The following is excerpted from an online article posted by StudyFinds.
The stereotypical bully usually threatens smaller classmates with physical violence, but researchers from the University of Missouri-Columbia find the most common variety of bullying is actually much more subtle. Their study finds that “relational aggression” bullying is a much more common issue.
This variety of bullying usually involves socially excluding peers from group activities and or spreading harmful rumors. As one can imagine, this type of bullying can wreak havoc on a young psyche, both emotionally and socially.
“Previous studies suggest when a kid is excluded from social activities by their peers at school, the outcomes for that kid both short-term and long-term will be just as detrimental as if they got kicked, punched or slapped every day. So this study sheds light on the social exclusion youth often face,” says Chad Rose, an associate professor in the MU College of Education and Human Development and director of the Mizzou Ed Bully Prevention Lab, in a university release.
Researchers analyzed the results of a survey that had been part of a larger school climate assessment project encompassing 26 middle and high schools across five school districts in the southeastern United States. In all, over 14,000 students either agreed or disagreed with various statements connected to pro-bullying attitudes, perceived popularity, and relational aggression.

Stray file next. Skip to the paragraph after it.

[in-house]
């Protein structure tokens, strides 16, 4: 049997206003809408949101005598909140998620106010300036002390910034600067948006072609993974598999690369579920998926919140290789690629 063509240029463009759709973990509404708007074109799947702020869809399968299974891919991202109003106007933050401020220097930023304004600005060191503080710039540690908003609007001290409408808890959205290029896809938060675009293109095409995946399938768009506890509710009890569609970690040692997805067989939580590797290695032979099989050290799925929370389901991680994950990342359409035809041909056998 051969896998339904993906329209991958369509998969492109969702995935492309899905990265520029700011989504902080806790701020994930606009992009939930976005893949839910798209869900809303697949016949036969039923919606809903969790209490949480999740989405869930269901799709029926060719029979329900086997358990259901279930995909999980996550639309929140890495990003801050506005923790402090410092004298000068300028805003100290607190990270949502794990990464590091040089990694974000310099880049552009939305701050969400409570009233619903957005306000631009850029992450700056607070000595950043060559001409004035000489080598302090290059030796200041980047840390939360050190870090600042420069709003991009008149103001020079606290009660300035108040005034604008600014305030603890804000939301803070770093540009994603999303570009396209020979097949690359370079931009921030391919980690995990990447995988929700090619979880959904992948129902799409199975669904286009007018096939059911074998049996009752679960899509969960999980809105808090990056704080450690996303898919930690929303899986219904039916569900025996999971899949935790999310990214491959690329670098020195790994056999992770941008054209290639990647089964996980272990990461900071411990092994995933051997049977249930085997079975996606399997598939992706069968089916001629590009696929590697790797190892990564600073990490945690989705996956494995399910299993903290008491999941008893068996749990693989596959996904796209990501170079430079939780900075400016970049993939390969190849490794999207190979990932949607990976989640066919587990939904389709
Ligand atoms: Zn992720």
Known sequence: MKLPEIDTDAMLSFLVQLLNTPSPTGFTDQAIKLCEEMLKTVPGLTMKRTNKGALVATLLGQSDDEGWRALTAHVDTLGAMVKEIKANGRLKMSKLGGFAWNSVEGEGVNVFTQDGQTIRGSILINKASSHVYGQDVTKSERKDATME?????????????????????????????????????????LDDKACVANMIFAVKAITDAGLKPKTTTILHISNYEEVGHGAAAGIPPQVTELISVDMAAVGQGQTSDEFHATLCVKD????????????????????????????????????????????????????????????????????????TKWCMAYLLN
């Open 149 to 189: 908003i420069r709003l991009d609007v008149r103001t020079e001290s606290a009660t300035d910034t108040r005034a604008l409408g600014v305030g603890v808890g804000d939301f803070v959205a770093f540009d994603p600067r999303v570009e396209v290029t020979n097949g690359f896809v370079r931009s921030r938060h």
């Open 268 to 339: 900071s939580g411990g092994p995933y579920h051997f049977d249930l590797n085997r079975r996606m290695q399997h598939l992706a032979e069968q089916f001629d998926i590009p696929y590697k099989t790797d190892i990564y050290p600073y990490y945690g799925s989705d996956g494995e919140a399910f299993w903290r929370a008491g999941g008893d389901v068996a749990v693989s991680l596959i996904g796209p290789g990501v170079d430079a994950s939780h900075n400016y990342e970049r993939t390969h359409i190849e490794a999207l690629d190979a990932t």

“What we found is kids that perceive themselves as socially dominant or popular endorse pro-bullying attitudes, yet they don’t perceive themselves as engaging in relational aggression,” Prof. Rose explains.
“There was another group that did not perceive themselves as socially dominant or popular, but they endorsed pro-bullying attitudes and engaged in relational aggression. So, the first group thought bullying was OK but did not see themselves as engaging in it even if they actually were excluding others. While the second group that admitted to engaging in relational aggression may have been excluding others as an attempt to jockey for the position of being more socially dominant and climb the social hierarchy.”
The study was published in Preventing School Failure Alternative Education for Children and Youth.